Absolutely. She is indeed a silly woman, but she is doing her best by her own lights for her daughters and keeps on doing it right up until the moment they are safely married. And at the very end, JA does say of Mary that due to being forced to go about more with her mother – and having none of her sisters at home to bear comparison with – she does aquire a little more social grace. As soon as she gets a modest home of her own (as a curate’s or doctor’s wife, perhaps) she will be okay. Pretty sure Darcy would stump up some sort of dowry for her.
Yes, I agree with you, Jan. If he and Mr Bingley declined to take the £1000 that will, in due course, come to Elizabeth and Jane, that would leave a bigger pool of money for Mary and Kitty. What could be done about Mrs Bennet, though?
And, if Mary acquired a few more graces and a bit more sense – she might surprise everyone. This was an age for Noble Causes, remember. Think of men like William Godwin (women’s rights) and William Wilberforce (Anti-Slave Trade.) There were any number or causes Mary might take up and meet a possible husband.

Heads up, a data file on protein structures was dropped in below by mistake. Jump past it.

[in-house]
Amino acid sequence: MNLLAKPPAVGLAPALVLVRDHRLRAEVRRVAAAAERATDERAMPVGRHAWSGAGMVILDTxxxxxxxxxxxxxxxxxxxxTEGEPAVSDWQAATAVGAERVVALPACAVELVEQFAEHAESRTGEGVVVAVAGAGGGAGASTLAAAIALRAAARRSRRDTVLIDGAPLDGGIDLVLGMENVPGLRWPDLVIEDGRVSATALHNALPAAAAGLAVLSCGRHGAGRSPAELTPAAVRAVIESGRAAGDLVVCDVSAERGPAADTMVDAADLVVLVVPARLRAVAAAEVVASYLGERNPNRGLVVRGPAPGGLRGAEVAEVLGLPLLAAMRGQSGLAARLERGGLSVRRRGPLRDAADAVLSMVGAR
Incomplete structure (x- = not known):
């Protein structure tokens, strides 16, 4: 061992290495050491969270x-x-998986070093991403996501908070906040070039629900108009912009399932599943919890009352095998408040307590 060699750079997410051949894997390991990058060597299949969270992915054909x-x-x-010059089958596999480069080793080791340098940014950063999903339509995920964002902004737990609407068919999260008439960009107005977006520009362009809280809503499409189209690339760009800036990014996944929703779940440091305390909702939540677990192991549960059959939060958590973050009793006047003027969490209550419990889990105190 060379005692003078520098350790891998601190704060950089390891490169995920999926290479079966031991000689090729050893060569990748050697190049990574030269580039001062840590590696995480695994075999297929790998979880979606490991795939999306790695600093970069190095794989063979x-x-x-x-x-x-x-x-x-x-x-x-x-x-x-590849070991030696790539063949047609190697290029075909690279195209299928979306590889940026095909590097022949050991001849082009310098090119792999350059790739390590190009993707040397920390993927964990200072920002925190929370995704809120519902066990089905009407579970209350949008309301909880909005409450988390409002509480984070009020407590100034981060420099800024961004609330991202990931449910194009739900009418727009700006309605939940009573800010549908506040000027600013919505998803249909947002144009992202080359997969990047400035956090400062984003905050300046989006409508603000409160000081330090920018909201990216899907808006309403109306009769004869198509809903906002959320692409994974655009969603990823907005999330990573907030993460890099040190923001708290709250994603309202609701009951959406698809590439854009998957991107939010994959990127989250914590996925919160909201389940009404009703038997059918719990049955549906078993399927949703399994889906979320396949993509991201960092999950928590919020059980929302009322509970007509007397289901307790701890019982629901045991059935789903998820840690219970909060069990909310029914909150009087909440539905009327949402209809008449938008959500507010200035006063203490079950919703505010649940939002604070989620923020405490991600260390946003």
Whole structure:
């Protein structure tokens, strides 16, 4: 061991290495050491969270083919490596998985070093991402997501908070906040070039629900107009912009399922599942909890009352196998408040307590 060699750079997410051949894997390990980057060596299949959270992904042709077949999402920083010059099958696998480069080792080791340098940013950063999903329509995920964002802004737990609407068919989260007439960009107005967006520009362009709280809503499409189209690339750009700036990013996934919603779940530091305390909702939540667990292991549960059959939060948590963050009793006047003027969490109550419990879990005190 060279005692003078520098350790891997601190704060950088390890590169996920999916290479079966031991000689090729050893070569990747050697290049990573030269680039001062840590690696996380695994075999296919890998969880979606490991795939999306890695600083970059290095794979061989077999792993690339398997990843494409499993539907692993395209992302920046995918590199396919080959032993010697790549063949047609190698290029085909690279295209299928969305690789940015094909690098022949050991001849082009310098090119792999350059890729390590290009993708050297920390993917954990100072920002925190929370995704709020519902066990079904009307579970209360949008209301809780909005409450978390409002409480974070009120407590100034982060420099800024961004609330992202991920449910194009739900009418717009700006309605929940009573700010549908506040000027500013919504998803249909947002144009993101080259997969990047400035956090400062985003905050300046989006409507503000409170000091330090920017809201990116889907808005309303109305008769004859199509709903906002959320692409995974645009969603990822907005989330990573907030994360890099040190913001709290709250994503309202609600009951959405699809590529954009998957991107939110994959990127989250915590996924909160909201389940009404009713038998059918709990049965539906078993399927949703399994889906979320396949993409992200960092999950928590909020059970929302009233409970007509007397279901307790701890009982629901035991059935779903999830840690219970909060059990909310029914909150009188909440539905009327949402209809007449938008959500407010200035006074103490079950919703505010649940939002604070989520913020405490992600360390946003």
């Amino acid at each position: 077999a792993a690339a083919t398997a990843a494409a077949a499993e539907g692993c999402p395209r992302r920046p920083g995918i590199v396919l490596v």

I daresay they will put their heads together and sort out some kind of annuity and small house for Mrs B when the time comes!
Beautifully put. Twenty or so years ago I thought Mr Bennet was perfectly right in his sardonic observations about his silly, wittering wife; but as the years have rolled on I’ve begun to realise that there was much more to her than that. Mr Bennet was fond of his daughters but didn’t put himself out for them, apart from, perhaps, Lizzie. However, despite her silliness Mrs Bennet loved her daughters enough to work out that distinguished, well-heeled men were such a rarity in Meryton that when a new one hove into view, it was essential to try to snaffle him for one of her girls; without a husband they would eventually be as good as homeless. It’s a pity Mary wasn’t old enough for Mr Collins – they’d have gone well together.
Yes, I agree with you, Prem. Mrs Bennet was very clear about what was essential for a young lady at that period – a well-to-do husband. If either of Jane or Elizabeth had been exceptionally talented musically, say, things might have been different – there were a number of young female singers and musicians who, helped by their musical families, could make a reasonable living. But that was unusual – and Jane and Elizabeth Bennet are intelligent but not exceptionally so